[edit] Asset Creation Workflow

The basic workflow is:

  1. Create your mesh.
  2. Create a UV map for mapping mesh polygons to a texture.
  3. Apply a Trainz material including textures.
  4. Export the model to an FBX file.
  5. Import the model into Trainz. Trainz will create a Trainzmesh mesh data file.

The provided Blender models are ready for you to do steps 3 through 5.

[edit] Adding the Material and Exporting

[edit] Load Your Model

A Blender 2.83 sample model of a simple box is provided. The mesh is UV mapped but there is no material or textures linked in the model. The Blender source files include both a starting and completed model together with texture images, config.txt, etc. For export, just change the owner KUID id to yours. The source files can be found here: File:Blender box283.zip

  • Create a suitable working folder on your computer. You might call it "FBX_export_example_1".
  • Unzip the files into that folder.
  • Start Blender and load file "mybox_b283_start.blend".


[edit] Add the Material and Textures

  • On opening, the Blender will be in the default view, with the box mesh selected, and the properties panel open at the materials tab. There are no materials allocated. The Outliner Window (top right) shows several Blender collections including a LOD0 and LOD1. The LOD1 collection is empty since the entire mesh is only 12 triangular polygons. Using collections named in this fashion makes it easier to export FBX meshes for the same LOD level.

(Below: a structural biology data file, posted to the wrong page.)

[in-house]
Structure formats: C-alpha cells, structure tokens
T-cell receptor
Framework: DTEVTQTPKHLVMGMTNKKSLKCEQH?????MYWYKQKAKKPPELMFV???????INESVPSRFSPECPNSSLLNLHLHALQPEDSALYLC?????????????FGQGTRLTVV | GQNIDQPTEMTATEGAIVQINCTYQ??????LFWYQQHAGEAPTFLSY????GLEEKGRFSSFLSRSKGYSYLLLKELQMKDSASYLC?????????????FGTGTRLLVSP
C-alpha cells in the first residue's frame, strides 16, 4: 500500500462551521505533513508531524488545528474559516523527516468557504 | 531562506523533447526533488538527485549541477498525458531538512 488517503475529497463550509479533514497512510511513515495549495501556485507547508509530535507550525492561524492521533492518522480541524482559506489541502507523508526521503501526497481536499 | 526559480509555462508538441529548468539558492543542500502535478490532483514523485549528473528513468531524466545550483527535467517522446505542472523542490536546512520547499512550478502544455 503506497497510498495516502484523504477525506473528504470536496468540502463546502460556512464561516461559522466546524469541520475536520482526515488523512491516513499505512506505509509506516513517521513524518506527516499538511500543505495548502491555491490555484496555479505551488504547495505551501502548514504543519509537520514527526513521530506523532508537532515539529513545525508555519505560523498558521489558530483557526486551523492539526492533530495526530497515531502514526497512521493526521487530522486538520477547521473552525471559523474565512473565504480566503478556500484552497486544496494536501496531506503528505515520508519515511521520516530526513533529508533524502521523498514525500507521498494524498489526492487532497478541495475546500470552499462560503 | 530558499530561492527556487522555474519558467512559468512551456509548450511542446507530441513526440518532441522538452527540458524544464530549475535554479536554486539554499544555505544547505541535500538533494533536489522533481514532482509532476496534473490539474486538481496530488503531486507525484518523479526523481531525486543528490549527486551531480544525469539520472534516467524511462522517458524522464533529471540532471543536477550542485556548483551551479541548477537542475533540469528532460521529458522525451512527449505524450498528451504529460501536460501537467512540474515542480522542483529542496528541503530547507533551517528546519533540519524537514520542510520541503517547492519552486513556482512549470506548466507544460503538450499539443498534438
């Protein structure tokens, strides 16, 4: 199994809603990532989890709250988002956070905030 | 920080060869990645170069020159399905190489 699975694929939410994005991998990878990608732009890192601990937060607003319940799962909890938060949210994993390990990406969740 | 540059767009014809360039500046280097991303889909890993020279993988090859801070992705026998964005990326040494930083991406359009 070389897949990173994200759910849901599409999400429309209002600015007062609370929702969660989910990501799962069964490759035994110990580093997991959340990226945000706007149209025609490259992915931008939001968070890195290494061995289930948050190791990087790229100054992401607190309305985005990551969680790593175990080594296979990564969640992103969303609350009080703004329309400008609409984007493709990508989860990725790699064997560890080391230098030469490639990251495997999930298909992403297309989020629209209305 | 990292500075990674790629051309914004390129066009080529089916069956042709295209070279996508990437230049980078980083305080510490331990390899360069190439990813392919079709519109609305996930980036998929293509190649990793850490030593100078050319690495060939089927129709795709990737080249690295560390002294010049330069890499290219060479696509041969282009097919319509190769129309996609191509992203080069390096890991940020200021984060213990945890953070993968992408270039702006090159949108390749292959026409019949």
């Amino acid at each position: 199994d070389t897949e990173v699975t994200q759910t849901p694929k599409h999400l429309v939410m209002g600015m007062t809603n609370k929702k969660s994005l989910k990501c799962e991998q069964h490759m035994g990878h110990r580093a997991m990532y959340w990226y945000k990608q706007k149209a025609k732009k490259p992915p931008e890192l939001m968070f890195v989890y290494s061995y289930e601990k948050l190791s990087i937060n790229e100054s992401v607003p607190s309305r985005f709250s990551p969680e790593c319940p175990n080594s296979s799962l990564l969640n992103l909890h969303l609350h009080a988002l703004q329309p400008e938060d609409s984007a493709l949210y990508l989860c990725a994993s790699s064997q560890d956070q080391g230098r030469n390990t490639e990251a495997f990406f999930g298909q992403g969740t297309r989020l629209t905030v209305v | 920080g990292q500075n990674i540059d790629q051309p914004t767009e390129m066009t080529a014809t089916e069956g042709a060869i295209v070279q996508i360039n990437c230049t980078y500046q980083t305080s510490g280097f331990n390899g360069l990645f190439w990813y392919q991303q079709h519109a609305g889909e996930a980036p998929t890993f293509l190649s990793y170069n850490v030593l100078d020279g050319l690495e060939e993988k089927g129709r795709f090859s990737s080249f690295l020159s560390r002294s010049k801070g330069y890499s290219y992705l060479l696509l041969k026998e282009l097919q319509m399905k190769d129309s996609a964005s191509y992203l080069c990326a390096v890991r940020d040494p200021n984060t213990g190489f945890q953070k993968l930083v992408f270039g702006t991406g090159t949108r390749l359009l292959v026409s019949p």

• Create a new material and rename it "mybox.m.pbrmetal"
  • Change to the Shading Workspace.
  • There are a number of windows visible but the two of most interest are the 3DViewport at the top and the Shader Editor at the bottom. It is useful to have the 3D Viewer in LookDev mode (aka Material Preview). The Shader Editor was called the Node Editor in earlier versions of Blender.
  • The Shader Editor will show a Principled BSDF Shader node and a Material Output node.
  • For export to Trainz we will need to configure inputs to the shader node so that the texture/image names get correctly associated with the exported mesh and material. It's worth noting that the Principled BSDF shader already has a number of PBR values but you cannot assume those values will be correctly exported to Trainz. For example, Trainz expects the emissive, roughness, ambient occlusion and metallic values to be embedded in a "parameter" file.
  • We will add three texture nodes and a vector conversion node for the normal map image.
  • In the Shader Editor:
    • Use Shift A and select Texture->Image Texture. This will add a texture node. Move it to the left of the shader node and towards the top.
    • Select the Image Texture Node and press Shift D and drag the duplicated node below the first texture node.
    • Repeat so you end up with three texture nodes.
  • Select the top texture node, click on Open and add the file "box_albedo.png". You may need to navigate Blender to your working folder as it doesn't default to your Blender file location.
  • Connect the texture node Color output to the shader Base Color input. You should see the albedo (colour) on the mesh in the 3D Editor.
  • Select the middle texture node and load the file "box_parameter.png".
  • Connect the texture node Color output to the shader Roughness input. The box in the 3D Editor will likely look shiny and will reflect any environment images you may have used.
  • Change the Color Space to Non Color. This change may not affect Trainz but it will make the model more closely resemble the final result in Trainz.
  • Select the bottom texture node and load the file "box_normal.png".